To calculate Total Cholesterol, you must know your blood levels of HDL, LDL, and Triglyceride.
Total Cholesterol= HDL+LDL+ 20% of Triglyceride.
A healthy HDL level is 60 mg/dL and higher, while a healthy LDL reading is 100 mg/dL and lower.
Healthy Triglyceride levels are less than 100 mg/dL.
Always speak with a doctor regarding your Cholesterol results and any specific recommendations to assess your risk or manage your condition.
Dietary Concerns and Preventative Methodologies
- Replacing “bad fats” with “good fats”
The types of fat we consume include polyunsaturated fat, monounsaturated fat, saturated fats, and trans fats. Fats can be roughly categorized as “good” or “bad” relative to their effect on total health.
Polyunsaturated and monounsaturated fats are considered to be good fats, while saturated and trans fats are bad fats.
While many people still believe the old myth that dietary cholesterol (the cholesterol found in food) negatively impacts blood cholesterol, saturated and trans fats are much more detrimental to blood cholesterol levels than the cholesterol consumed in food.
However, if you have diabetes or another condition, your doctor may also recommend that you reduce your intake of dietary cholesterol.
Saturated and trans fats are found in fatty cuts of meat (red meat, sausage, bacon, etc), butter, and full-fat dairy products, coconut oil and palm oil, shortening, deep-fried foods, baked goods, and packaged goods (cookies, crackers, chips).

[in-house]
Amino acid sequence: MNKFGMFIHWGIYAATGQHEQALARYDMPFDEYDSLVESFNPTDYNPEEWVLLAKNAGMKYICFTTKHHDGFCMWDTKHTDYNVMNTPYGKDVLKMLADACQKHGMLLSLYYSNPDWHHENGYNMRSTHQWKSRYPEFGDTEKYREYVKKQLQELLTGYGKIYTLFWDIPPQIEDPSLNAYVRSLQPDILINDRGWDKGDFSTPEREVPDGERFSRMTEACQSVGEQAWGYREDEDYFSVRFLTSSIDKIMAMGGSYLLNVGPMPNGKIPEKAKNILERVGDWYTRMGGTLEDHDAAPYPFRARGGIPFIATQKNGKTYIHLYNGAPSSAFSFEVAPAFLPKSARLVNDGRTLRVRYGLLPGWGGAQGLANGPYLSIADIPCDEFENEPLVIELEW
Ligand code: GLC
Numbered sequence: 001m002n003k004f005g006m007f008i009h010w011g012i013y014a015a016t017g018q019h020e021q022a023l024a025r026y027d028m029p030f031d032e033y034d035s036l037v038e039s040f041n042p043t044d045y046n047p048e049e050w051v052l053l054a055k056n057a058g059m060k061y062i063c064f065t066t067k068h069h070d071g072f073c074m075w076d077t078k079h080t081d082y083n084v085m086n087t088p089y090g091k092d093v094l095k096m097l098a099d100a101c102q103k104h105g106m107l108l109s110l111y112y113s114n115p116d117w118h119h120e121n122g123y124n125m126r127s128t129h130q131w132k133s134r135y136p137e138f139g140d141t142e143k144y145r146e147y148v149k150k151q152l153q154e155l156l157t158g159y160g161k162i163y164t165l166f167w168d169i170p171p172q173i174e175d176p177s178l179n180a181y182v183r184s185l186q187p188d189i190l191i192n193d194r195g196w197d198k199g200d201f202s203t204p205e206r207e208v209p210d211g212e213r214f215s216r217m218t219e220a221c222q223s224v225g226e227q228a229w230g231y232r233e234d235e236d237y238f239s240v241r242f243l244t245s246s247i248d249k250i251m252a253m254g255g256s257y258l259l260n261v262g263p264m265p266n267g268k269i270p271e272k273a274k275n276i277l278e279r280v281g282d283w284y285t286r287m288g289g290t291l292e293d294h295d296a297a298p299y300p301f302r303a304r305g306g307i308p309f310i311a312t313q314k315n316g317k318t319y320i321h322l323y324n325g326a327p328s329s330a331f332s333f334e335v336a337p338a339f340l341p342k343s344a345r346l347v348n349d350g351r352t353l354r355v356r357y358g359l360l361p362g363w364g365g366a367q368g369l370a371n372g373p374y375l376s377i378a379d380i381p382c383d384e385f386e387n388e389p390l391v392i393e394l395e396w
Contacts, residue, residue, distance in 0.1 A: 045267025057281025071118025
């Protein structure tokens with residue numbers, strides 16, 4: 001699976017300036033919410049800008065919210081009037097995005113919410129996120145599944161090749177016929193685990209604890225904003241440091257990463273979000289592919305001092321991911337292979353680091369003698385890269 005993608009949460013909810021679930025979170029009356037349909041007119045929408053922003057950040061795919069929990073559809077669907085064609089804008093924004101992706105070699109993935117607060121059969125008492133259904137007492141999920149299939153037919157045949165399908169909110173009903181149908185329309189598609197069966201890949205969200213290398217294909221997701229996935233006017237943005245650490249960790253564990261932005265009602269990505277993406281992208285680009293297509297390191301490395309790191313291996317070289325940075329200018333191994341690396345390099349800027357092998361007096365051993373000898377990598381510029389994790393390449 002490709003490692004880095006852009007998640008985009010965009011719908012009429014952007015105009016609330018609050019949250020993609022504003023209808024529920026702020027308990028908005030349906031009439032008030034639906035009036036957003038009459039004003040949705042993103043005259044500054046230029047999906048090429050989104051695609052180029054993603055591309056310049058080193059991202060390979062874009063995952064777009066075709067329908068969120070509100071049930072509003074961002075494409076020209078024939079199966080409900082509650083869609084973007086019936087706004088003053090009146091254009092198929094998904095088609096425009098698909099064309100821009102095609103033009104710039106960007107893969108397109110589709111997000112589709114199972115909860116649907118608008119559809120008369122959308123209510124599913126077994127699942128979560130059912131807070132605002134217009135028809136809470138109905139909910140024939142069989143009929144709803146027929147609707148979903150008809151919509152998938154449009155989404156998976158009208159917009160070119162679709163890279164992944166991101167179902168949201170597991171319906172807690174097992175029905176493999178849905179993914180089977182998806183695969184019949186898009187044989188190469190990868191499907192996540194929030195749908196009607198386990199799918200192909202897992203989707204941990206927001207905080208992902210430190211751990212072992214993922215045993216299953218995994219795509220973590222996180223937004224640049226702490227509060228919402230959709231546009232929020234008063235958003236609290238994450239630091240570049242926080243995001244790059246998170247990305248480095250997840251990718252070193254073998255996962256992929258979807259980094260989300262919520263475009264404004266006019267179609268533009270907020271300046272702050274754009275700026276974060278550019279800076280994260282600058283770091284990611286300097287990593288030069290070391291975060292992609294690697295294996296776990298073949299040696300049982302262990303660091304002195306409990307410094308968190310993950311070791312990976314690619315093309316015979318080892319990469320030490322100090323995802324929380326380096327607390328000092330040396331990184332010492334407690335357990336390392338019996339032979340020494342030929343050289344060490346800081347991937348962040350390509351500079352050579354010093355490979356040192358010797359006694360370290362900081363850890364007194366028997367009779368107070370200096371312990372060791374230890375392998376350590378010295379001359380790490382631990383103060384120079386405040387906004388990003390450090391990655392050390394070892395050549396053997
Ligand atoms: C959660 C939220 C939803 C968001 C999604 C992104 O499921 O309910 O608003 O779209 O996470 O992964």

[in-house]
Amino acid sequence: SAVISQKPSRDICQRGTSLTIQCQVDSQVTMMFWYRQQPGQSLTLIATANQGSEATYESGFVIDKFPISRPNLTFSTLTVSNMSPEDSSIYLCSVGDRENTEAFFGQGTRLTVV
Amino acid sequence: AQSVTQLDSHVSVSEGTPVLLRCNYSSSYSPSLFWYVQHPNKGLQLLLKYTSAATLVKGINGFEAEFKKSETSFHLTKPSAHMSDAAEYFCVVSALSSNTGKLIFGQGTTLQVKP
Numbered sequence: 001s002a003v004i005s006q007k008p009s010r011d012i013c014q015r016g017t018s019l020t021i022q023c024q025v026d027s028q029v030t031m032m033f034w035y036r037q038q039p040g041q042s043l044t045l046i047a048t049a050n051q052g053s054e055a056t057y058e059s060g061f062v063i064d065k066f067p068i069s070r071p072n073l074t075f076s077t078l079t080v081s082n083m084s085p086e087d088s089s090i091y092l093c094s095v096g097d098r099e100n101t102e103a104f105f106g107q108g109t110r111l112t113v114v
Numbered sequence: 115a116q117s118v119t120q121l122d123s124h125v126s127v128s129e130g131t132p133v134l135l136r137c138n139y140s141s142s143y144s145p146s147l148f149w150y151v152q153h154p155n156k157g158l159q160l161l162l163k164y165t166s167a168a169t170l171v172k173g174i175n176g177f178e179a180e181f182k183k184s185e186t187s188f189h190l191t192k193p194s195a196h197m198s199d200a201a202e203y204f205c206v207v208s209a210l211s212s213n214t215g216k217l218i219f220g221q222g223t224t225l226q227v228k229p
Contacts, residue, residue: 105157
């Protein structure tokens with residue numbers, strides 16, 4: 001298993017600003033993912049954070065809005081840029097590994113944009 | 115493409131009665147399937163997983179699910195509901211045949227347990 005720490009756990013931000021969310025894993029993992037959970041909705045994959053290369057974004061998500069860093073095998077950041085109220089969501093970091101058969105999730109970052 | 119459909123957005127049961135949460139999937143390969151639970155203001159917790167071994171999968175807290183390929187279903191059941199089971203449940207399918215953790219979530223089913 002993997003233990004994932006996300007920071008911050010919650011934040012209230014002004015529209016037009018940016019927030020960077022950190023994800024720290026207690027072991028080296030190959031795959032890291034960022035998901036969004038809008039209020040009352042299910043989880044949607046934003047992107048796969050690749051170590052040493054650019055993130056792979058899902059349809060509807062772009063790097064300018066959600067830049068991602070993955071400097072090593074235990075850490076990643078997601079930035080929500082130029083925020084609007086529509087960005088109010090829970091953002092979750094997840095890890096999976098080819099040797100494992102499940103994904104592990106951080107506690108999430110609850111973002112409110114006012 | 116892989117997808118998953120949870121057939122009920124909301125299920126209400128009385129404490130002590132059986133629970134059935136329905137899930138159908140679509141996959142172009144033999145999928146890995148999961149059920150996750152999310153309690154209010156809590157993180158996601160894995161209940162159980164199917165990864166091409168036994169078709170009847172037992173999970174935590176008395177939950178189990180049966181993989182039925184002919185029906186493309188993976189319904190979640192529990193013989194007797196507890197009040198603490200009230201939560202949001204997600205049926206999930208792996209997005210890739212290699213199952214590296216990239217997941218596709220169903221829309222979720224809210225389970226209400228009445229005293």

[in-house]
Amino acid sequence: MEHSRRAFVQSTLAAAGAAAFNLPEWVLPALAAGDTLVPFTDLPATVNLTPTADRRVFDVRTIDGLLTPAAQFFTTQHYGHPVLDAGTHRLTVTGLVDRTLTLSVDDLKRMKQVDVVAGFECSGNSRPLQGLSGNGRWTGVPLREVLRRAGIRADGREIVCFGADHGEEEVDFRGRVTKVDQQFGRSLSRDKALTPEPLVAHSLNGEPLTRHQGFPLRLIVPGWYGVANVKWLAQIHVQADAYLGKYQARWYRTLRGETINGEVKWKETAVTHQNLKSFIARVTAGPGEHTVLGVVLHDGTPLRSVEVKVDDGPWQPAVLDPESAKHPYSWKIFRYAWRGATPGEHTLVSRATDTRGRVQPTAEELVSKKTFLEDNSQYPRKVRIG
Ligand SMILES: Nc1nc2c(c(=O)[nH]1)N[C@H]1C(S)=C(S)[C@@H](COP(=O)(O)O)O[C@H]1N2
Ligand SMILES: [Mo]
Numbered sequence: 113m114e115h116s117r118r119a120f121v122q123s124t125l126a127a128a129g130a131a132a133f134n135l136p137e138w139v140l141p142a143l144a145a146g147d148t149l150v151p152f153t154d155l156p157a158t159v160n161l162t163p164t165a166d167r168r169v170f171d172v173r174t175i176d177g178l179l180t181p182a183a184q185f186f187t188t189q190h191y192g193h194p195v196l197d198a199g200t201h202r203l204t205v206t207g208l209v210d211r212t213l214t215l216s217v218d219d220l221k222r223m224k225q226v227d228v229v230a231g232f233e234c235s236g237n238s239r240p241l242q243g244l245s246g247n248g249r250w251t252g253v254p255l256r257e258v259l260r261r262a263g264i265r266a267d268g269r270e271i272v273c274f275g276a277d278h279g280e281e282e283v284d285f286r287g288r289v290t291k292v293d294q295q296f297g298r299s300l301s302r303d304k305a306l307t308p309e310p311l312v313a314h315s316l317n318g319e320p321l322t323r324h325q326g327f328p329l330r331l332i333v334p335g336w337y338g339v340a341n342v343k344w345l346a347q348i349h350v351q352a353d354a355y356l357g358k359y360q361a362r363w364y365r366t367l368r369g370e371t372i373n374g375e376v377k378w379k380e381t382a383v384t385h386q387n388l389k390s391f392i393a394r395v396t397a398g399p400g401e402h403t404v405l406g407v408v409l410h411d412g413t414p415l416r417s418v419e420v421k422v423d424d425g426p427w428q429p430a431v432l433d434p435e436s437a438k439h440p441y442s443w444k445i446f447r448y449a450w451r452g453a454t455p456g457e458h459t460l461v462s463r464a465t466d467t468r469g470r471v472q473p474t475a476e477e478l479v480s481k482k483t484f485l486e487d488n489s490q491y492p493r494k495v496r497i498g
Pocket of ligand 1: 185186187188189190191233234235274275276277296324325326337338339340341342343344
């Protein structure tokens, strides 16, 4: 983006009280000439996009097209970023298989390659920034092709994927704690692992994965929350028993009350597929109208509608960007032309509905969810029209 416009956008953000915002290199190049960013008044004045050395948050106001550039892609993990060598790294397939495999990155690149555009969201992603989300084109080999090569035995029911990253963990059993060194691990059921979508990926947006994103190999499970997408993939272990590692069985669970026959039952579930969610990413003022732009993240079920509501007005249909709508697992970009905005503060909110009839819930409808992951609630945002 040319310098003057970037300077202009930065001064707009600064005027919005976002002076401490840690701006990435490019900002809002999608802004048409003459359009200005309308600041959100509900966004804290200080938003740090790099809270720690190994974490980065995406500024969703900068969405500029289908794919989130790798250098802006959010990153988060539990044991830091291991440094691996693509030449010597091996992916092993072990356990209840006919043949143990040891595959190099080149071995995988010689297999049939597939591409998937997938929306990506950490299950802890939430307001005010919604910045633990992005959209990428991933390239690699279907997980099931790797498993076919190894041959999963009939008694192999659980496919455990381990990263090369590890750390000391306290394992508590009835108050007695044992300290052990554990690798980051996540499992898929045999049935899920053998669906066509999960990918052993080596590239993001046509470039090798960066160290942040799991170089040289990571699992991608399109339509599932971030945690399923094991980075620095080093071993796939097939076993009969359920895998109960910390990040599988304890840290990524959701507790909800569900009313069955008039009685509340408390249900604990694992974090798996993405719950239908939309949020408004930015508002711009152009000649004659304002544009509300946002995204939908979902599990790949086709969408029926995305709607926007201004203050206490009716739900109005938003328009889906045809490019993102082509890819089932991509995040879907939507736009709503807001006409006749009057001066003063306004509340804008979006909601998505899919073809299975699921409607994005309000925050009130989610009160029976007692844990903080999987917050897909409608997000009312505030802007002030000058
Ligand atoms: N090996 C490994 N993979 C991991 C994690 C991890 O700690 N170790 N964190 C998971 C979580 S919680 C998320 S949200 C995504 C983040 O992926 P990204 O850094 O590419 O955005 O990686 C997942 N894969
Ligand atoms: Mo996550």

Polyunsaturated and monounsaturated fats (including Omega-6 and Omega-3 fatty acids) are both essential to our diets: however, most Americans over consume Omega-6 and underconsume Omega-3, an imbalance that can be detrimental.
High Omega-6 consumption and low Omega-3 consumption is largely thanks to a reliance on packaged and prepared foods, many of which are prepared with corn, soybean, and vegetable oils: all are rich in Omega-6. Grain and flour based desserts, pizza and pasta dishes, bread, and salad dressings are among the most common sources of Omega-6 in the American Diet.
On the other hand, Omega-3 food sources are fairly absent in the typical Western Diet: cold water fish such as salmon, sardines, and trout, as well as walnuts, flaxseed, and canola oil all provide healthy sources of Omega-3.
It should be noted that fat is the most Calorie-dense nutrient we consume.
Fats contain 9 Calories per gram, more than twice as much as that of Carbohydrate or Protein (both 4 Calories per gram).